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Owasco Lake Watershed Nine Element Plan gets state approval

DEC Commissioner Basil Segos and Department of State Secretary Robert Rodriguez say the Owasco Lake Watershed Nine Element Plan for Phosphorus Reduction has been approved.

The plan is an effort to restore and protect the water quality of Owasco Lake and its watershed. The collaborative effort identified focused strategies to ensure the lake’s water supply, aquatic habitat, and recreational uses are protected.

Owasco Lake experiences harmful algal blooms (HABS) with phosphorus as a key element affecting the growth of aquatic plants, algae, and cyanobacteria. Understanding and managing phosphorus inputs from the lake watershed is essential for protecting Owasco Lake and led to the development of the plan, which is consistent with the U.S. Environmental Protection Agency’s framework for watershed-based plans consisting of nine key elements for waterbody protection and stakeholder engagement.


The Owasco Lake plan analyzes phosphorus sources and locations, estimates current loadings, and uses mathematical tools to project the consequences of changing conditions. The findings support a series of recommended actions designed to reduce phosphorus inputs. The plan recommends many watershed-level and landscape-specific management actions that can be implemented to meet the total phosphorus reduction target, including agricultural best management practices, sediment and erosion control practices, installation of riparian forested buffers and septic system improvements. Recommended actions also aim to improve the watershed’s ability to withstand and recover from extreme weather events.

The Owasco Nine Element Plan was funded by the State’s Environmental Protection Fund (EPF) and administered through DOS Local Waterfront Revitalization Program. The plan development was a collaborative effort led by Cayuga County Department of Planning and Economic Development (CCDP&ED) and Ecologic, LLC. Stakeholder engagement led by CCDP&ED kept citizens apprised of the plan’s progress and involved the agricultural community to formulate actions to improve water quality.

“Understanding Owasco Lake’s unique watershed is critical to effective water quality management and improvement,” Commissioner Seggos said. “We commend the hard work and coordination that went into the development of the Owasco Lake Watershed Nine Element Plan, especially the extra efforts of highly engaged community stakeholders. DEC will continue to assist our state and local partners to ensure the actions outlined in the plan are advanced to help protect this beautiful and important waterbody.” 

Auburn officials keeping an eye on Owasco Lake level

Achieving the plan’s recommendations will require continued collaboration among the many partners engaged with lake and watershed management issues. The Owasco Lake Watershed Management Council (OLWMC) is the primary entity responsible for coordinating implementation of the recommendations to protect and improve Owasco Lake and will continue to collaborate with the many partners engaged with lake and watershed management issues, including stakeholders from the agricultural community, water supply purveyors, local academic institutions, DEC, DOS, local government, and county and regional agencies. Both quantitative and qualitative metrics will be used to track implementation of the recommended actions.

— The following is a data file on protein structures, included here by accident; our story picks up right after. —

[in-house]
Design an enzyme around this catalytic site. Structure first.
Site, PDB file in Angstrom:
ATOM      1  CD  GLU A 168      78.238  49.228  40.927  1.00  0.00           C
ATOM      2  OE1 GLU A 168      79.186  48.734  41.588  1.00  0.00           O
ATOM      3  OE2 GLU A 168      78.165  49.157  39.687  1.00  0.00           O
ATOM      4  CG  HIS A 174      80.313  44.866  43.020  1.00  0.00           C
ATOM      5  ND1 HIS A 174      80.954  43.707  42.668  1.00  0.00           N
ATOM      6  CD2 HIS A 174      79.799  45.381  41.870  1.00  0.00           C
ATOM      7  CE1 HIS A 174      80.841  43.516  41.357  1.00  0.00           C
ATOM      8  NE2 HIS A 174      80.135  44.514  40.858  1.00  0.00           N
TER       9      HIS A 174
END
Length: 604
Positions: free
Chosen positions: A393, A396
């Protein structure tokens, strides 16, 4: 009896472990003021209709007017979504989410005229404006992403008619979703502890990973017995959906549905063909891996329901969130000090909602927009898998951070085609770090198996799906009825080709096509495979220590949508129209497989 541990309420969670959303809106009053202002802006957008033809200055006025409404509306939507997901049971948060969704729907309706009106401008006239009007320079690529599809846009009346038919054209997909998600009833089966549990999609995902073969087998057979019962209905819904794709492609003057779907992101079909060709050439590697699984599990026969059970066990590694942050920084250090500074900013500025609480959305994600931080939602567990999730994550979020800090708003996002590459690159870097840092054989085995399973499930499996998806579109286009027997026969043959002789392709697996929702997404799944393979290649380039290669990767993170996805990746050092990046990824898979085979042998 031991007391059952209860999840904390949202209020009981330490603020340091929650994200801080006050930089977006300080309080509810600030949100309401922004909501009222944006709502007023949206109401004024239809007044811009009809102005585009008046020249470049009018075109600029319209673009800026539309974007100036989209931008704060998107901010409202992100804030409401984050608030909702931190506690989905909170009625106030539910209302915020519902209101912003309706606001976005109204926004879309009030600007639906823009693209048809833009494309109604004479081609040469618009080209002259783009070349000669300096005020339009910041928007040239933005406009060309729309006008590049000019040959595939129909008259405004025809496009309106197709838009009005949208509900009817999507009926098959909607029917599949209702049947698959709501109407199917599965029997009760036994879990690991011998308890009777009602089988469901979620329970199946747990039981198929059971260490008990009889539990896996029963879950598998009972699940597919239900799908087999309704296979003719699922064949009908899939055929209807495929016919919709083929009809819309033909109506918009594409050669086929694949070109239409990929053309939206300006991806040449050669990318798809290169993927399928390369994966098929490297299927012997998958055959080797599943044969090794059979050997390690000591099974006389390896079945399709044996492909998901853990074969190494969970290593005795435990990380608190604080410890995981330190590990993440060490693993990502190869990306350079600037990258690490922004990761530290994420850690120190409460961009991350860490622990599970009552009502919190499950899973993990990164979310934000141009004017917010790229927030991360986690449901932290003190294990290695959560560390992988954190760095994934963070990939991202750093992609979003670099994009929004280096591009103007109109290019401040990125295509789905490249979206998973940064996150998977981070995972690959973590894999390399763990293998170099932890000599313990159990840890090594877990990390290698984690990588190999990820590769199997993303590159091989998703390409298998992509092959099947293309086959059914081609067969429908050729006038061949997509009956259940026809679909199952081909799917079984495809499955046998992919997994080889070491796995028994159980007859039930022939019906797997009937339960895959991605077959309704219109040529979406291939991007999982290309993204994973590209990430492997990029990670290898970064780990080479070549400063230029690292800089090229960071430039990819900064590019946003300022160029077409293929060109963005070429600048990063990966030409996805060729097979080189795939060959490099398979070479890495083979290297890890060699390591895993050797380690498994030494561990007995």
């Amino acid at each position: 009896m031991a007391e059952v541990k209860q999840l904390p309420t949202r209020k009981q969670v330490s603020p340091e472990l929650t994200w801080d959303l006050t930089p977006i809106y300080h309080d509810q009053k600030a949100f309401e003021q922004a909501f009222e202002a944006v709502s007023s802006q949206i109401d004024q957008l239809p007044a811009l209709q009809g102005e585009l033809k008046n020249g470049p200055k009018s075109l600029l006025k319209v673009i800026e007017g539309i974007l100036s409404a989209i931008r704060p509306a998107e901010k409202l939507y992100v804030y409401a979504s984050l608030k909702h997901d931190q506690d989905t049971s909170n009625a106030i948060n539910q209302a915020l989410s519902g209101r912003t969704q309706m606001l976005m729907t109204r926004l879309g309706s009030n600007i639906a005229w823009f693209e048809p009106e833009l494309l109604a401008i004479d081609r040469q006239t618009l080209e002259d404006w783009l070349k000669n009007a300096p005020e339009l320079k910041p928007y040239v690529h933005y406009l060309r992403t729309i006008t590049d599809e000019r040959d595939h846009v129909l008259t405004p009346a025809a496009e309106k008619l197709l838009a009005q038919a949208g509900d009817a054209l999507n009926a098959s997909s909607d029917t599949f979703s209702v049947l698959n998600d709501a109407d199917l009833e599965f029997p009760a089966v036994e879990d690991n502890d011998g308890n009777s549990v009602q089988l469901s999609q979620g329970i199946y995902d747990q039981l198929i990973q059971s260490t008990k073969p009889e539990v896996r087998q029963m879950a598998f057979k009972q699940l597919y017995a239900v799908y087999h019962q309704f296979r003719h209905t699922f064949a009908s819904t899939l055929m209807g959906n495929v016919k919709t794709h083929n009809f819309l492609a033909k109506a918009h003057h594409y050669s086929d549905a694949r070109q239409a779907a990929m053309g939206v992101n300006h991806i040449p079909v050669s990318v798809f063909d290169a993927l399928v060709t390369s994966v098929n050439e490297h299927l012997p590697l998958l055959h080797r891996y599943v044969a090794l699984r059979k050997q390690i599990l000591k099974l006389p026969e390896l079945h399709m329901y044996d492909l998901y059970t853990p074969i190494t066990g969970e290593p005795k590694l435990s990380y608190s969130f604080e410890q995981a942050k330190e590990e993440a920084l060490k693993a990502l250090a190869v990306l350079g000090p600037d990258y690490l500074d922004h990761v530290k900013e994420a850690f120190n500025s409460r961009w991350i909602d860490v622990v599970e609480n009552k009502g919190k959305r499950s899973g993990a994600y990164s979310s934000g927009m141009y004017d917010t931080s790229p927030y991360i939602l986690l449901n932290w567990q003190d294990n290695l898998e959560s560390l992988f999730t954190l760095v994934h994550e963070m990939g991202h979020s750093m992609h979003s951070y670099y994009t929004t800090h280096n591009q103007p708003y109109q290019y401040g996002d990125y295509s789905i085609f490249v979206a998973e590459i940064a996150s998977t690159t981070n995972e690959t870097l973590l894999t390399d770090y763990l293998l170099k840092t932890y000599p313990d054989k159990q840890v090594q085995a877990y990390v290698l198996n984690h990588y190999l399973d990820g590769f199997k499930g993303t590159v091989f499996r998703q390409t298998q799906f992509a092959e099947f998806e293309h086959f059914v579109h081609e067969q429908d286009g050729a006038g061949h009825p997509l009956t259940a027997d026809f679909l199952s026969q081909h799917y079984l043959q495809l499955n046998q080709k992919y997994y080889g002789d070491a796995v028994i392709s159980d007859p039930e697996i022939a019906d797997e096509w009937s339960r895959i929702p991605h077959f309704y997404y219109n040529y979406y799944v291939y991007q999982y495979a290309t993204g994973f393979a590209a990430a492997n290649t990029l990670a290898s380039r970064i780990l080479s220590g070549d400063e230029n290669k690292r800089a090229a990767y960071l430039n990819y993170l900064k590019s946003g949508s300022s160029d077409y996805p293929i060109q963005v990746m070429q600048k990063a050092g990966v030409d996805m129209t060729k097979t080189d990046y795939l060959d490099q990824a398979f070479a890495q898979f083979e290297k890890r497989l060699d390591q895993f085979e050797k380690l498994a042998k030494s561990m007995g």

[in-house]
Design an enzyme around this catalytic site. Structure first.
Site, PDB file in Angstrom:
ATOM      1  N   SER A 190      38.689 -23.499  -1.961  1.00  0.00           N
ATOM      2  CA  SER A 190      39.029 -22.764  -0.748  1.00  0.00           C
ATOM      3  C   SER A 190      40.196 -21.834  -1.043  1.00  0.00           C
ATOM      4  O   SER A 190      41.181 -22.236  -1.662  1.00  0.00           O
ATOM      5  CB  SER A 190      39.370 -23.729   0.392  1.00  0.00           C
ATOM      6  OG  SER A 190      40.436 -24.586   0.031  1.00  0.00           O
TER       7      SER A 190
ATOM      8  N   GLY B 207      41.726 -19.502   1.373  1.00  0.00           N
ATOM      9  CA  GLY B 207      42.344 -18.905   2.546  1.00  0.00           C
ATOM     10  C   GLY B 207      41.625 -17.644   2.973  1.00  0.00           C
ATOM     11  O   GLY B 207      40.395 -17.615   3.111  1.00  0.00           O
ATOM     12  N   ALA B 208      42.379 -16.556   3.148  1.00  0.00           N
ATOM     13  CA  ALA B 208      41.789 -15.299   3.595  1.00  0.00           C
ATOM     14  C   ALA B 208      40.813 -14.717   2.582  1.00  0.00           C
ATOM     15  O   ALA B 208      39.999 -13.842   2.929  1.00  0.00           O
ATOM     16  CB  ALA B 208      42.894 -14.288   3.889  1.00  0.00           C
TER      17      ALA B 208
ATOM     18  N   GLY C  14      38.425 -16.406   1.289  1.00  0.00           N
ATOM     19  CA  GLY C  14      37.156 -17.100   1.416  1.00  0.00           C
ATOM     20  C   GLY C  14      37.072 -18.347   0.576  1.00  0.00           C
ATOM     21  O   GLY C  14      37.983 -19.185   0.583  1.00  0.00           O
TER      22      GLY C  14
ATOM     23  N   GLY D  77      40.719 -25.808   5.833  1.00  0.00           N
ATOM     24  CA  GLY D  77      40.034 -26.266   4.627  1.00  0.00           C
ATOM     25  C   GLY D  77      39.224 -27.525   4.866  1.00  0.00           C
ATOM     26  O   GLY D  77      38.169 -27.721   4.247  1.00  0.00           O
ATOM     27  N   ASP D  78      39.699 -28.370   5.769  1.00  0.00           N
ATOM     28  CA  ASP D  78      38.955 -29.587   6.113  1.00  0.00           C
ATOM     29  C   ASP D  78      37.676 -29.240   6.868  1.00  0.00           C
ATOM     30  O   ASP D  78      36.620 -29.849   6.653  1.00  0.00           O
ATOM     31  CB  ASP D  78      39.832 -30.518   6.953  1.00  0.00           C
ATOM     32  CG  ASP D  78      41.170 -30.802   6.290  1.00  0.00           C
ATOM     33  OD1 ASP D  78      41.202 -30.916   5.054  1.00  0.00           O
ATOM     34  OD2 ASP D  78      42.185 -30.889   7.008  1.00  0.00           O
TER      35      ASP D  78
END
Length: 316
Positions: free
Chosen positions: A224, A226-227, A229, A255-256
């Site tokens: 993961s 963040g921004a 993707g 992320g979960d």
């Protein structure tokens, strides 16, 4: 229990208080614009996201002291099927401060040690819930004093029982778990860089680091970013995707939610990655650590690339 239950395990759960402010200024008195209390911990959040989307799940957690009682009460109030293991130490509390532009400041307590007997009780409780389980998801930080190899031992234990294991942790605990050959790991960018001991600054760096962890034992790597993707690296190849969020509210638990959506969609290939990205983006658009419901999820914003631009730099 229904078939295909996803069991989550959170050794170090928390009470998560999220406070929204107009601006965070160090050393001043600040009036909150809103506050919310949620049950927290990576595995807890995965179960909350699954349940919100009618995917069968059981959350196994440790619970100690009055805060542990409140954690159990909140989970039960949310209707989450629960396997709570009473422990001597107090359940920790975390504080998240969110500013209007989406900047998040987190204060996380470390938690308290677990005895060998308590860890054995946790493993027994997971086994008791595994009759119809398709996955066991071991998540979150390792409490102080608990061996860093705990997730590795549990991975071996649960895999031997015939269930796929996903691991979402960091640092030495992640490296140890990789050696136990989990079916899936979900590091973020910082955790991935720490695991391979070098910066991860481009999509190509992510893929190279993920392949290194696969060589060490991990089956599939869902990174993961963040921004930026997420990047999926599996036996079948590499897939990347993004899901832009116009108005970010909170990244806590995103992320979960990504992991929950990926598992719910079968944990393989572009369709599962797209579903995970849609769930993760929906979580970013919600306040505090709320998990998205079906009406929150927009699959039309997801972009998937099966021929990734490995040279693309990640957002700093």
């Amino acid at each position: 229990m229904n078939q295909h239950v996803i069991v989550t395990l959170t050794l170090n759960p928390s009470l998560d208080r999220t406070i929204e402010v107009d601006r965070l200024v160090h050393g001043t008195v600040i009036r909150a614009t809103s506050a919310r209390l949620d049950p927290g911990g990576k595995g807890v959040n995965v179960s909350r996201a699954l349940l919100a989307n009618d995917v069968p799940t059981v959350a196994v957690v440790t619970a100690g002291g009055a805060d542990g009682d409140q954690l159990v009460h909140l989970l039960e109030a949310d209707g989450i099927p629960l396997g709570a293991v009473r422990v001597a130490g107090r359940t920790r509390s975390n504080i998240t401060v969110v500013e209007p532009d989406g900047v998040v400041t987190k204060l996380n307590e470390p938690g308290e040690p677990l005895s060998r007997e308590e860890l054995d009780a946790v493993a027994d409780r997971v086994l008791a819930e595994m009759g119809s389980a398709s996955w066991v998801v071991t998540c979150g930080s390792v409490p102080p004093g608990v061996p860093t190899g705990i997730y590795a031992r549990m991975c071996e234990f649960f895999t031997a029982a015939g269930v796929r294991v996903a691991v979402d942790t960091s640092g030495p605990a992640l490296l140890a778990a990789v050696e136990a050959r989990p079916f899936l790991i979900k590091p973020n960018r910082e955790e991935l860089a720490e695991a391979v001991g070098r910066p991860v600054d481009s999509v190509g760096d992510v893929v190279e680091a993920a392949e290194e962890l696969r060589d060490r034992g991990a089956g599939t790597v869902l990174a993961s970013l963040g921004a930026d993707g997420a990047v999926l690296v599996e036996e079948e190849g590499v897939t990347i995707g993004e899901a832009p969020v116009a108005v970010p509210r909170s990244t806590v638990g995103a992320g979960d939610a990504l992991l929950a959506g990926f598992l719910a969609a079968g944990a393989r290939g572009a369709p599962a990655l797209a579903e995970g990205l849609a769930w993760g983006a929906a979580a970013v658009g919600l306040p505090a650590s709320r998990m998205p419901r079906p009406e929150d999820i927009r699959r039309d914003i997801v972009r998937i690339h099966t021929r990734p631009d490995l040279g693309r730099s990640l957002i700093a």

“As Supervisor for the Town of Owasco, a drinking water supply to over 3,000 people, as well as Chairman of the OLWMC, I am pleased to see the Nine Element Plan finalized. We and our partners have been hard at work for years, which includes the OLWMC Inspection and Protection Division, and have specifically targeted implementing projects that reduce pollution to the lake. This Nine Element Plan provides the additional framework for us to continue and expand our work, and hopefully enable additional funding opportunities,” added Owasco Supervisor Ed Wagner.

The plan announced this week builds on actions the state has already taken to reduce phosphorus and the frequency of HABs on Owascoo Lake.

The lake provides drinking water for Owasco and city of Auburn residents.

“This is an important step forward in the process to address the health of Owasco Lake. We appreciate the Nine Element Plan’s science-based approach to understanding phosphorus contributions to Owasco Lake and the plan will assist all partners to better understand and focus future regulations and corrective actions that we believe will be required in the watershed moving forward,” Auburn Mayor Micheal Quill added. “We thank all involved at the state and local level for their important work on compiling this plan and look forward to Governor Hochul’s future support with addressing the health of Owasco Lake as we know this Nine Element Plan for Phosphorus Reduction has identified there is much work to do.”

Based on experiences at Owasco and other critical waterbodies, DEC launched one of the most aggressive plans to combat HABs in the country. In 2018, DEC convened four regional summits to examine the causes of HABs and develop sustainable solutions to reduce algal blooms. DEC worked with State and local partners to develop and implement HABs Action Plans for 12 high priority waterbodies, including Owasco Lake. To date, New York awarded more than $324 million in grants for projects designed to reduce the frequency of algal blooms by targeting phosphorus and nitrogen pollution, factors that trigger HAB occurrences.



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